Apple Acquires Motion Capture Specialist Faceshift

Apple moves into the motion capture space with the acquisition of Faceshift, a specialist in technology for facial recognition and rendering. Its technology is being used in the new Star Wars films.

Nathan Eddy, Freelance Writer

November 25, 2015

3 Min Read
<p align="left">(Image: Jason Doiy/iStockphoto)</p>

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After months of speculation, Apple indirectly confirmed the acquisition of the motion capture firm Faceshift, according to a November 24 report in Tech Crunch. The company has gained some fame recently as its technology is used in the latest version of Star Wars.

Apple rolled out its typical response after being contacted by Tech Crunch, noting that it buys smaller technology companies "from time to time" but doesn't discuss its plans in detail.

Tech Crunch wrote that it was able to get a confirmation after finding "sources and conclusive links" to Apple's involvement.

Originally founded in Zurich by academics Thibaut Weise, Brian Amberg, and Sofien Bouaziz, Faceshift is a spinoff from the Computer Graphics and Geometry Laboratory at the École Polytechnique Fédérale de Lausanne in Switzerland.

The company also has offices in London and on the West Coast.

Faceshift specializes in motion capture technology, with a focus on visual effects in areas like gaming and film.

The company's software analyzes the facial movements of an actor and describes them as a mixture of basic expressions, head orientation, and eye gaze, a description that is then used to animate virtual characters for use in any situation where facial animation is required.

Some of this will be seen in the new Star Wars movies, according to Apple Insider.

Faceshift studio's animation pipeline is composed of three steps: scanning a set of expressions to train a personalized avatar for tracking; capturing a performance with real-time feedback, and optionally improve the accuracy in a post-processing stage; and animating virtual avatars. The software also has the ability to export the animation to third-party 3D animation software.

The company's technology was also featured in a YouTube video sponsored by Intel, which integrated their RealSense 3D camera with Faceshift's software development kit (SDK).

Apple has been on something of an acquisition hot streak lately. The purchase of Faceshift follows three other acquisitions in the past two months: the companies Perceptio, Mapsense, and Vocal IQ.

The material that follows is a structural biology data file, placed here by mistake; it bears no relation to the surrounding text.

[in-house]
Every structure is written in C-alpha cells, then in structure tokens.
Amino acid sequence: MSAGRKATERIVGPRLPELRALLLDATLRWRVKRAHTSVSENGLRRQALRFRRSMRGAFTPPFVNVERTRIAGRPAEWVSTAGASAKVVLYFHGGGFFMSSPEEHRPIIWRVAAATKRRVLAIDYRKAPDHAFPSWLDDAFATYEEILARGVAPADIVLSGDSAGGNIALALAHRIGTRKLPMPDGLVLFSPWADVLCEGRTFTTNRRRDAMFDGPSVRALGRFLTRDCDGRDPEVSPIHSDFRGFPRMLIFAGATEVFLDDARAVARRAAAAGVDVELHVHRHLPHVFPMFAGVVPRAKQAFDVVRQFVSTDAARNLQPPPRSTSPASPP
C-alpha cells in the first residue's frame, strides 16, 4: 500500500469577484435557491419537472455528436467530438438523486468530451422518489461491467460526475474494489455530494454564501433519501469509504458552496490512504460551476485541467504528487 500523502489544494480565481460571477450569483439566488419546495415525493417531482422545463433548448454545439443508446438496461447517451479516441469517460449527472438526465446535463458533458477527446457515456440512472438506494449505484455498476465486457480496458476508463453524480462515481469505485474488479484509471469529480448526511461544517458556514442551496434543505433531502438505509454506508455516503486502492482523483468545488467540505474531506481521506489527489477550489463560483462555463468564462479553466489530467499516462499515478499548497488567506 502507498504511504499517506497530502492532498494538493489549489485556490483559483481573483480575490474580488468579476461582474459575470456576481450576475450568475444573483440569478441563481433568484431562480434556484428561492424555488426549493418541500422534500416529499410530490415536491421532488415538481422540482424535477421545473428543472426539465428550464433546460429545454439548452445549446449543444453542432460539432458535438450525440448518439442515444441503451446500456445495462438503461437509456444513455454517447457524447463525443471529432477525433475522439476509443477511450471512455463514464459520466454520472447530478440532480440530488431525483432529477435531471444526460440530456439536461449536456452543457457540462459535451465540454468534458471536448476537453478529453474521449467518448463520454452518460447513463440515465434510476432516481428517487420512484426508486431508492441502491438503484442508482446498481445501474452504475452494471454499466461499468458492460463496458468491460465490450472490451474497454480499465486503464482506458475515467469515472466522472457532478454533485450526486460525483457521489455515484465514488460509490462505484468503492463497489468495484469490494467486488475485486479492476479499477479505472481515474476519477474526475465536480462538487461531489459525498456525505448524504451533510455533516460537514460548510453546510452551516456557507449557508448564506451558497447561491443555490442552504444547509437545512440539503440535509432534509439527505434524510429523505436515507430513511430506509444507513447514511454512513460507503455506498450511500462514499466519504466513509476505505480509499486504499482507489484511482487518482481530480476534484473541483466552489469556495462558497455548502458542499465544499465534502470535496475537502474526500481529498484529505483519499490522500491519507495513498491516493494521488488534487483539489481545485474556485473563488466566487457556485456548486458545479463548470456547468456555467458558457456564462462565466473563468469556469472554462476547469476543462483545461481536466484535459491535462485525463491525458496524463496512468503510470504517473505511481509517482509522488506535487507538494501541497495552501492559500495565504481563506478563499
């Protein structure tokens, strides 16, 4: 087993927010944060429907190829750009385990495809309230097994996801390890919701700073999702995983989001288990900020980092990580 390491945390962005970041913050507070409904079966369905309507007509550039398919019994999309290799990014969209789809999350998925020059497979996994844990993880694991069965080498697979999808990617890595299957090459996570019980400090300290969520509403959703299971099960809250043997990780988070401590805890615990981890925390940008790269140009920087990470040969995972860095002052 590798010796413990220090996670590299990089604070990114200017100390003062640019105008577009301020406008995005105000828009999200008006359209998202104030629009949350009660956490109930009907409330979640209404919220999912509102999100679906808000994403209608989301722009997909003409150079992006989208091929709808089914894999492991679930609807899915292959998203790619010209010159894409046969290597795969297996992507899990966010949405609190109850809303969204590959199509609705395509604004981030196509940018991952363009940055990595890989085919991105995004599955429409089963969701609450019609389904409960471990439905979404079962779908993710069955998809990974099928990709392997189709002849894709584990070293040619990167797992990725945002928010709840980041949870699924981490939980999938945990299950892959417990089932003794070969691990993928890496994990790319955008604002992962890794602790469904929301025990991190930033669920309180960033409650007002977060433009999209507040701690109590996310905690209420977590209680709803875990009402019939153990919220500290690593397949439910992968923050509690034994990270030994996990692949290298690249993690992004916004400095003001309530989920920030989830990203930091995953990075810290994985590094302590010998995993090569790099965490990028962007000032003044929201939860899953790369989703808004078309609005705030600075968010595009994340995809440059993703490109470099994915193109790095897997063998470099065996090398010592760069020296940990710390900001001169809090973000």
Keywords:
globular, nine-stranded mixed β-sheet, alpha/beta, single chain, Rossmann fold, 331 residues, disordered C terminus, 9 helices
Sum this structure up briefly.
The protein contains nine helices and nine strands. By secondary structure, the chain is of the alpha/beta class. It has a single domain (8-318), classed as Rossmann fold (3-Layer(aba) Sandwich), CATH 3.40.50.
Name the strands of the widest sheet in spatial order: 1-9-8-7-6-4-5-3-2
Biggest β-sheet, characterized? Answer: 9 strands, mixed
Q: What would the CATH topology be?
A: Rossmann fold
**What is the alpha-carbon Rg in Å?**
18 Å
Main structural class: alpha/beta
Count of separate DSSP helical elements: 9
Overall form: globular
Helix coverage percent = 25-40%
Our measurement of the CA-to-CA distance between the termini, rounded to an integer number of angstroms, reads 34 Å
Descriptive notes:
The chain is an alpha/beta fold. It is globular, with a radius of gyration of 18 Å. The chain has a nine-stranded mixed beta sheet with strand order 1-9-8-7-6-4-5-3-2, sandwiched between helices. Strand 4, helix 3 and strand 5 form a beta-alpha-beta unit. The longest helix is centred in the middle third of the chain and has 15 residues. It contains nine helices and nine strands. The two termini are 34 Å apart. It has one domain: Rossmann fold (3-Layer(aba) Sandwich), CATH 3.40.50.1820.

Perceptio, which Apple acquired in October, focuses on image-based recognition and deep learning, concepts based on a set of algorithms that attempt to model high-level abstractions in data.

On October 2, Apple bought UK-based startup Vocal IQ, a startup that is attempting to create a more advanced type of virtual assistant, a tool that could enhance Siri, find its way into Apple's automobile project, or assist in Apple CarPlay.

In September, the company quietly acquired location-based mapping and visualization analysis company Mapsense in a deal that is reportedly worth $25 million to $30 million.

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As one of the world's largest and most valuable companies, Apple is no stranger to buying out the competition or plunking down cash for companies it feels would improve its portfolio, especially when it comes to shoring up areas -- like maps or analytics -- where it doesn't already hold a strong competitive advantage.

The Mapsense acquisition isn't Apple's first attempt at adding this kind of technology.

Apple launched its own iOS Maps feature for its iPhone in conjunction with iOS 6 in 2012. It was designed to replace Google Maps on the iPhone, but the app was not quite ready for prime time. It was inaccurate. Among other problems, cities and landmarks were missing or not labeled correctly. CEO Tim Cook published a public apology to customers on the company's website following the release.

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About the Author(s)

Nathan Eddy

Freelance Writer

Nathan Eddy is a freelance writer for InformationWeek. He has written for Popular Mechanics, Sales & Marketing Management Magazine, FierceMarkets, and CRN, among others. In 2012 he made his first documentary film, The Absent Column. He currently lives in Berlin.

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